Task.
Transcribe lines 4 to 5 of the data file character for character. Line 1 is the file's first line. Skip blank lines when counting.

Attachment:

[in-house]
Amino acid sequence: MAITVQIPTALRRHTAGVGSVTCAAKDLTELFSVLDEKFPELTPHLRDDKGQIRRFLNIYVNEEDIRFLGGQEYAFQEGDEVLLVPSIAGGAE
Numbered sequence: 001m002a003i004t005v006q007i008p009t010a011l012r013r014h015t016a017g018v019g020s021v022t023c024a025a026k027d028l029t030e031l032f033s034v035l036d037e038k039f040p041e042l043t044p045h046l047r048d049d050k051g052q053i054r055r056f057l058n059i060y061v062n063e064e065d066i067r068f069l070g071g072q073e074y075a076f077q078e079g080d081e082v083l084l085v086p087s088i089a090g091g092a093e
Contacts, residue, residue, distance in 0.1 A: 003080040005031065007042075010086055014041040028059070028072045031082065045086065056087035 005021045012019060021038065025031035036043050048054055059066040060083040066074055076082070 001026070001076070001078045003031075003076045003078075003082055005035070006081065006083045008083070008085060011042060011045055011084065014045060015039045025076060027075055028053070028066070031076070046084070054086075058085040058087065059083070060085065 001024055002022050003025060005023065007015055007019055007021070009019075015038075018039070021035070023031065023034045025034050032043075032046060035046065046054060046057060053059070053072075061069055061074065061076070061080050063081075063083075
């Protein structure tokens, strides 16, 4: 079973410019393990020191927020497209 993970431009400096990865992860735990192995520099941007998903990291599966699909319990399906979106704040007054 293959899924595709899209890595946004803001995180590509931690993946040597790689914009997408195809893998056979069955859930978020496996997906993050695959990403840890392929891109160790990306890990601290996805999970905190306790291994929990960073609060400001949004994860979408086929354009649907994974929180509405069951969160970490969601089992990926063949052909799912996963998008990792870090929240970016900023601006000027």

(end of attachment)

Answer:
Contacts, residue, residue, distance in 0.1 A: 003080040005031065007042075010086055014041040028059070028072045031082065045086065056087035 005021045012019060021038065025031035036043050048054055059066040060083040066074055076082070 001026070001076070001078045003031075003076045003078075003082055005035070006081065006083045008083070008085060011042060011045055011084065014045060015039045025076060027075055028053070028066070031076070046084070054086075058085040058087065059083070060085065 001024055002022050003025060005023065007015055007019055007021070009019075015038075018039070021035070023031065023034045025034050032043075032046060035046065046054060046057060053059070053072075061069055061074065061076070061080050063081075063083075
């Protein structure tokens, strides 16, 4: 079973410019393990020191927020497209 993970431009400096990865992860735990192995520099941007998903990291599966699909319990399906979106704040007054 293959899924595709899209890595946004803001995180590509931690993946040597790689914009997408195809893998056979069955859930978020496996997906993050695959990403840890392929891109160790990306890990601290996805999970905190306790291994929990960073609060400001949004994860979408086929354009649907994974929180509405069951969160970490969601089992990926063949052909799912996963998008990792870090929240970016900023601006000027």